Google Analytics is the most popular web analytics tool in the world.
Google Analytics has been installed on over 10,000,000 websites. It is used by 64% of the Top 500 US Retailers, 45% of Fortune 500 companies, and 55.9% of the top 1 million domains as identified by Alexa.
But what good is the data if you don’t know what to do with it.
Here are 10 ways to get killer insights from Google Analytics with video tutorials.
- SET DATE RANGES LONG ENOUGH TO SHOW TRENDS: The date range selector is at the top right of every page. It shows the last 30 days by default. But 30-days often isn’t long enough to show trends. Establish a time frame long enough to allow you to tell a story. 90 days, year to date or the last year is a longer and often more effective date range for showing trends, seasonality and the impact of key events. Here is how to use the date range selector.
- USE BOUNCE RATE EARLY AND RATE: Bounce Rate is the percent of visitors to a website who leave after viewing only one page – the lower the percent, the better the Bounce Rate. It is a key web metrics for website relevance because if your site is interesting to visitors, they’re likely to view more than one page. Google Analytics shows Bounce Rate for many measures. The more often you use Bounce Rate, the more insightful are your conclusions. Here’s how to know Bounce Rate for all your pages.
- UNDERSTAND ACCESS FROM SMARTPHONES: According to SimilarWeb’s State of Mobile Web US 2015 report, roughly 56% of consumer traffic to the leading US websites is now from mobile devices. There are many sources that report traffic from mobile devices by industries like financial services, auto and retail. Knowing mobile traffic to your site is an important way to look at traffic. It’s likely to already be a large percentage and it’s definitely going to go up.
- IDENTIFY KEY LOCATIONS AND GEOGRAPHY: Let’s say your company’s operations are organized around specific geographical sales regions: East, Central, and West. By default, Analytics only reports on default geographical regions. Unless, by using the geographical type in Data Import, you create a mapping between the specific regions you use for your business. You then see your data organized around these custom sales regions. In the US, the data is available by state, metro area and city. And the maps are very telling.
- KNOW WHERE VISITORS COME FROM: In web analytics, traffic sources are different kinds of sources that send traffic to your web site. The metrics you find are: 1) Direct Traffic: All those people showing up to your website by typing in the URL of your Web site or from a bookmark, 2) Organic Search: Search engines – Google, Bing, Yahoo, Ask and other, 3) Paid Search: Paid ads on search engines from services like Google Adwords and Bing Ads, 4) Referral: Other Web sites sending traffic to you. These could be as a result of your banner ads or campaigns or blogs or affiliates who link to you and 5) Other: These include campaigns you have run, e-mail and direct marketing.
- LOOK FOR INNOVATIONS WITH SITE SEARCH: If you have a search engine on your website which visitors can use to search the site, you can measure the usage of this feature. The results you can find under the Site Search category in Google Analytics. In the overview, you see the percentage of visits with and without site search. Also some other metrics such as % search exits, % search refinements, time after search and search depth. But the real nuggets come for the words visitors use to search. For example, we work with a scissors company and the #1 word in Site Search is “left-handed.” Imagine that. A new product idea is handed to you through Site Search on Google Analytics.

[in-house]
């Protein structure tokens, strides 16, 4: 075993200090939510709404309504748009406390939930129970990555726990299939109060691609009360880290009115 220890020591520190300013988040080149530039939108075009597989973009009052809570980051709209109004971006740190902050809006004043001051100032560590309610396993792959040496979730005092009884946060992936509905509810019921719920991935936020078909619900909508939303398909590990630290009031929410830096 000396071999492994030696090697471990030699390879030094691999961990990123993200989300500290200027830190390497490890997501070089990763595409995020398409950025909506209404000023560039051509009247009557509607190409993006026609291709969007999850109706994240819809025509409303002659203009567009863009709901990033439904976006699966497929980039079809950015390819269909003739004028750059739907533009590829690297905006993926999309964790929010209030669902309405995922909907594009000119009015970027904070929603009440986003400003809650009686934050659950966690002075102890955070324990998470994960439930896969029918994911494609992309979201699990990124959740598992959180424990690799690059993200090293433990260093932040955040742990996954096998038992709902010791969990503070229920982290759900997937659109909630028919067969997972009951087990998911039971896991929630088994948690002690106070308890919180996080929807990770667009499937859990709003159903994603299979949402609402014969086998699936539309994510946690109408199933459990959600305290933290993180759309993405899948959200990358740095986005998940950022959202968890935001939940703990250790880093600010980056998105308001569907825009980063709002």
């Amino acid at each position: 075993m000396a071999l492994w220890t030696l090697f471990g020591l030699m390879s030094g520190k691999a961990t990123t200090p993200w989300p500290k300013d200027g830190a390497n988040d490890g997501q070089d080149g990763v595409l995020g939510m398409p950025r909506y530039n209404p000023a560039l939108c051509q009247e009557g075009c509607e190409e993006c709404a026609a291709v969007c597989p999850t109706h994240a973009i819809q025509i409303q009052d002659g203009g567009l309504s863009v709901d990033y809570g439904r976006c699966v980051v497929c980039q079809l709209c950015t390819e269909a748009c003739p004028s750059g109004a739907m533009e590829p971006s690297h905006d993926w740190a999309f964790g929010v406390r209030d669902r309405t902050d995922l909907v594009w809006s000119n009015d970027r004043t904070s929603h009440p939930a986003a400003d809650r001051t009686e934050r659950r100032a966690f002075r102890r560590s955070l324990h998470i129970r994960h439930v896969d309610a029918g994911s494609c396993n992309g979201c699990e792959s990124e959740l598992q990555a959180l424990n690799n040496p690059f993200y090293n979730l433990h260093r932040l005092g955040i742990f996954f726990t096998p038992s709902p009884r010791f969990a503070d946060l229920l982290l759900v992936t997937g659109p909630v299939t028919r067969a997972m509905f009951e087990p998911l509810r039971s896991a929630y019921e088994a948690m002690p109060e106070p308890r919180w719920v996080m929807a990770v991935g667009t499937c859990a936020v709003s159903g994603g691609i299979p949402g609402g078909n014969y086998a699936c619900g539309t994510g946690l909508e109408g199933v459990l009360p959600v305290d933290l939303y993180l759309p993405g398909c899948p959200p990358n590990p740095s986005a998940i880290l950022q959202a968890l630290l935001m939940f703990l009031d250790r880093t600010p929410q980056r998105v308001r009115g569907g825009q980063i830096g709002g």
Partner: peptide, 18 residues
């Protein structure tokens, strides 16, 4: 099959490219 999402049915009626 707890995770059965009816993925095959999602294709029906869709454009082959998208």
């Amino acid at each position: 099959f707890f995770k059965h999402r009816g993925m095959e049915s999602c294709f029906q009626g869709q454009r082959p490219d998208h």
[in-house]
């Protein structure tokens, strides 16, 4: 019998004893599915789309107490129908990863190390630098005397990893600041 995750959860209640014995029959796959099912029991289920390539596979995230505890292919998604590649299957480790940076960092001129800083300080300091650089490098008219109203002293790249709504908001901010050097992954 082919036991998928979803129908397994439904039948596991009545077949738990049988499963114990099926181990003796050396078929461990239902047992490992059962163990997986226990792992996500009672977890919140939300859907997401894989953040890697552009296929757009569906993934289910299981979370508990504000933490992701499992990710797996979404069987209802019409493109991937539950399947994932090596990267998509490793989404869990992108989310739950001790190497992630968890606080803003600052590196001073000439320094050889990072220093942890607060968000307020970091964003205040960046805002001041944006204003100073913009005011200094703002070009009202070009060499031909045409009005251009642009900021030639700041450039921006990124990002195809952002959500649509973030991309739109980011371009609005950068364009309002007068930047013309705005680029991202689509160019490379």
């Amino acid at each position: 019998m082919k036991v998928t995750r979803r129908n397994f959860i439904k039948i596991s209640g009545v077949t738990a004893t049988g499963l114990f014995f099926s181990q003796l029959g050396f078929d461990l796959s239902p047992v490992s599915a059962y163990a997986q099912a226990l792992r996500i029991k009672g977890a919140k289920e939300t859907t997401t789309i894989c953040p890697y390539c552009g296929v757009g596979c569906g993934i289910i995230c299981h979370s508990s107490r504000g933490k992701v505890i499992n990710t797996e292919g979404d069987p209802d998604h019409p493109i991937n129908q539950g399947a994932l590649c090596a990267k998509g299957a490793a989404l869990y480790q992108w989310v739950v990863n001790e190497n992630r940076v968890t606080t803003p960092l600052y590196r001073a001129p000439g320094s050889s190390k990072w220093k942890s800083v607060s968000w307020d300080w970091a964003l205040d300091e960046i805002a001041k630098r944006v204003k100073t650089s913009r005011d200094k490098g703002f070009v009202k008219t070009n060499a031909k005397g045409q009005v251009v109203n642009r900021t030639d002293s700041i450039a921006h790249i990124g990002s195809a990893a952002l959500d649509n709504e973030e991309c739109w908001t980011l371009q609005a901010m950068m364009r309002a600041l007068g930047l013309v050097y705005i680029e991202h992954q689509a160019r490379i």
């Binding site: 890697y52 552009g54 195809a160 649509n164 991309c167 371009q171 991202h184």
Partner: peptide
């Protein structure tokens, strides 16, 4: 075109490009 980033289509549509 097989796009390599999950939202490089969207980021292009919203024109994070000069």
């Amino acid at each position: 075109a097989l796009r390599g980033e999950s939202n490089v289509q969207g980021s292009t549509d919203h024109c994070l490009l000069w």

- FIND MOST VALUABLE PAGES IN SITE CONTENT: Site content reports consist of: 1) Pages, 2) Content Drill Down, 3) Landing Pages and 4) Exit Pages. Pages report displays the top pages on your website based on traffic, as well as each page’s page views, unique page views, average time on page, entrances, bounce rate, % exit and page value. Content Drill Down is helpful for websites that have sub-folders such as domain.com/blog/ and domain.com/support/ or something similar. The Landing Pages report lets you see the top pages where visitors enter. Exit Pages show the last pages people visit before exiting your website. These are the pages you want to look at to see what you can do to keep visitors on your website longer.
- ANALYZE ACTIONS WITH EVENTS: Events are user interactions with content that can be tracked independently from a web page or a screen load. Downloads, mobile ad clicks, gadgets, Flash elements, AJAX embedded elements, and video plays are all examples of actions you might want to track as Events. Using Event Tracking to measure interaction and conversions on your website is really beneficial for getting a better understanding of how your users are engaging with the content and features of your website in a much more advanced way than the standard reports can manage.
- MEASURE METRICS MOST IMPORTANT TO SUCCESS WITH GOALS: Google Analytics doesn’t tell you how your business is doing without some additional setup. You have to tell Google Analytics to keep track of what’s critical to your business – and you do this with goals. In Google Analytics, you have four ways to track goals: 1) URLs, 2) time, 3) pages/visit and 4) events. Here’s how to set up Goals.
- “SHOW ME THE MONEY” WITH CONVERSIONS: Most of the time Conversion Rate is thought of in terms of e-commerce websites. But increasingly tools are making it ever more easy for you to track conversions of any kind. Form submissions (leads). Trial signups. Content consumption. Download Software. View support FAQ. And more. No matter what your website, you can start measuring “conversion rate”. It is the fastest way to the heart of why your website mostly exists.
Did this teach you how to use Google Analytics for killer insights? Are you ready to put analytics to work on your business?